When the coils in a heating and air conditioning unit need replacement, many end-users think they must use the original equipment manufacturer (OEM) as the source for the correct replacement coils. While this may have been true in the early years of coil production, it is no longer the case in today’s market.
The belief that only OEMs can make a replacement coil that will fit and function in a unit is an enduring misunderstanding in the coil industry. In point of fact, any coil manufacturer that knows the required specifications can create a coil compatible with the original heating or cooling unit. Many companies are ready and willing to provide replacement parts for units they did not originally produce. These replacements will work well and cost less.
Coils Are Like Brake Pads
We can examine the misconception by using an analogy with which most people are familiar. Let’s say your car is aging and its brake pads are wearing down. If you own a Chevrolet, you can buy new replacement pads from an AutoZone rather than purchasing them from the Chevy dealership. The AutoZone brake pads will cost less, fit your car, and work just as well as those purchased from the dealership. The same is true for replacement coils.
Many consumers, from large manufacturers and corporations to small business owners and residential units installed and serviced by HVAC technicians, use heating and cooling units that run on a system of coils. From industrial cooling systems to residential basement units, coils are used for controlling temperature by heat transfer.
Coils that are damaged or deteriorated must be replaced for a system to run optimally. The choice is made by the servicing contractor to either replace the entire unit or turn to the OEM for a replacement coil. This makes some sense, because the company that provided the unit’s original part should be able to adequately replace it. In addition, the documentation that comes with the unit often directs the buyer straight back to the OEM, or the unit is tagged with the OEM’s information. This further perpetuates the misconception that replacement parts must be ordered from the OEM to function properly.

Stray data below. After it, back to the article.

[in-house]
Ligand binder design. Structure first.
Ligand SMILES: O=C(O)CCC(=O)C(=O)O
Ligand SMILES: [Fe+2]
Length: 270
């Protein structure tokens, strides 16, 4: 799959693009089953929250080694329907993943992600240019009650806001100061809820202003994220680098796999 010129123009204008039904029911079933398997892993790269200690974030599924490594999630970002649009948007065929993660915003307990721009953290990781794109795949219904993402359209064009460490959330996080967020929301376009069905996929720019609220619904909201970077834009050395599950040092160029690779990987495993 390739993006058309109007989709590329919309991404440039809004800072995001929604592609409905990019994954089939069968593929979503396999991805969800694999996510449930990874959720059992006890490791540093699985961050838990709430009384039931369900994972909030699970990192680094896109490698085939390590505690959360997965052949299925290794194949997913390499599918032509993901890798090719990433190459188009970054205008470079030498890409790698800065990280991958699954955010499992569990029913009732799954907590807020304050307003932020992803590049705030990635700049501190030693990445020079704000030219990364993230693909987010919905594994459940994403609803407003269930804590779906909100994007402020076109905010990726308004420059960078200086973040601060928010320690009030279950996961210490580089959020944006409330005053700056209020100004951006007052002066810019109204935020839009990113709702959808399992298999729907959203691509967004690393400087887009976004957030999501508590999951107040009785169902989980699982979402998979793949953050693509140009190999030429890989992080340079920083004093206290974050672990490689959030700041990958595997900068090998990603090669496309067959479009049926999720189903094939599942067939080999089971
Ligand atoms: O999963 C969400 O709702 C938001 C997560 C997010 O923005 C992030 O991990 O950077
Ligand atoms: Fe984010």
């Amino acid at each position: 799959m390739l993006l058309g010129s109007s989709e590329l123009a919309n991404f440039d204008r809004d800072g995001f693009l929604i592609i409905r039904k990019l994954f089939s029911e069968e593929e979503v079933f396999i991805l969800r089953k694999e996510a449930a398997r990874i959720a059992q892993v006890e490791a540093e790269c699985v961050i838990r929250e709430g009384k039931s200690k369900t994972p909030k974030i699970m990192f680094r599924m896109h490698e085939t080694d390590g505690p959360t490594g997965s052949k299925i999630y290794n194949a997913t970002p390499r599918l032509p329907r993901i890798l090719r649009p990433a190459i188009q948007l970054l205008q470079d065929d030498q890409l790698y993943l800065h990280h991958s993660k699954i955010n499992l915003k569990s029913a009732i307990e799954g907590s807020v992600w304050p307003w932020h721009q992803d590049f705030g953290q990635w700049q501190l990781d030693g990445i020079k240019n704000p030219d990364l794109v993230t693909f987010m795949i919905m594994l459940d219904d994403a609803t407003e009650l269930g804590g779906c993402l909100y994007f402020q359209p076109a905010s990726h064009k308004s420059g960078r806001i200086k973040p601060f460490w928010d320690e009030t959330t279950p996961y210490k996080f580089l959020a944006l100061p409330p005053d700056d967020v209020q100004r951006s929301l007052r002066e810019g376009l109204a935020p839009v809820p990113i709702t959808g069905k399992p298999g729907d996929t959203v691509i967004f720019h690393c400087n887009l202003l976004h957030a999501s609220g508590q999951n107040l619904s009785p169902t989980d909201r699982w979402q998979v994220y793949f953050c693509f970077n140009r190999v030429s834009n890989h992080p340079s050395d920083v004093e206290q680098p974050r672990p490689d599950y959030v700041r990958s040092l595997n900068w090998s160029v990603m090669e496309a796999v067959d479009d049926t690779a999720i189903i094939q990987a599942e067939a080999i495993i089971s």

But that is not the case — heating and cooling coils do not need to be replaced by the OEM with the existing unit. Purchasing replacement coils only from the OEM unnecessarily limits the buyer in terms of price, availability and quality.
In the past it may have been difficult or impossible to find a manufacturer capable of or willing to make a replacement coil for an unknown unit. Today, however, many coil manufacturers exist to provide competitive sale options. In addition, the Internet has set the stage for advertisement and sale of coils across the nation. Just like buying new parts for a car, there are coil manufacturers capable of producing a replacement coil that is compatible with a unit from another company.
Ordering from an outside source rather than the OEM allows the customer to shop around for increased flexibility and ease of ordering. For example, RAE offers paperless order placement to simplify and streamline the ordering process. Also available is a “quick dates” program, which allows the customer to choose any delivery date, rather than pick from a predetermined list of shipping options. The program allows buyers to track order processing and shipping data, allowing them to monitor every aspect of their order.
A New Way to Replace
Once consumers know they do not have to go back to the OEM to replace a failed coil, they are free to browse for the best balance of quality, availability and price. Now that coil manufacturers can reach customers all over the country through the web, it is easy to find someone to replace a single part without going to the original source. The replacement industry is changing, and with the precision and customization possible with today’s manufacturing techniques anyone can get the replacement coils they need without having to resort to calling their OEM.
Kevin Trowhill is vice president, sales, with RAE Coils. RAE Coils has a variety of tools help customers obtain replacement coils without returning to the OEM. These include Total Package2 coil selection software (TP2). Learn more by visiting THIS LINK.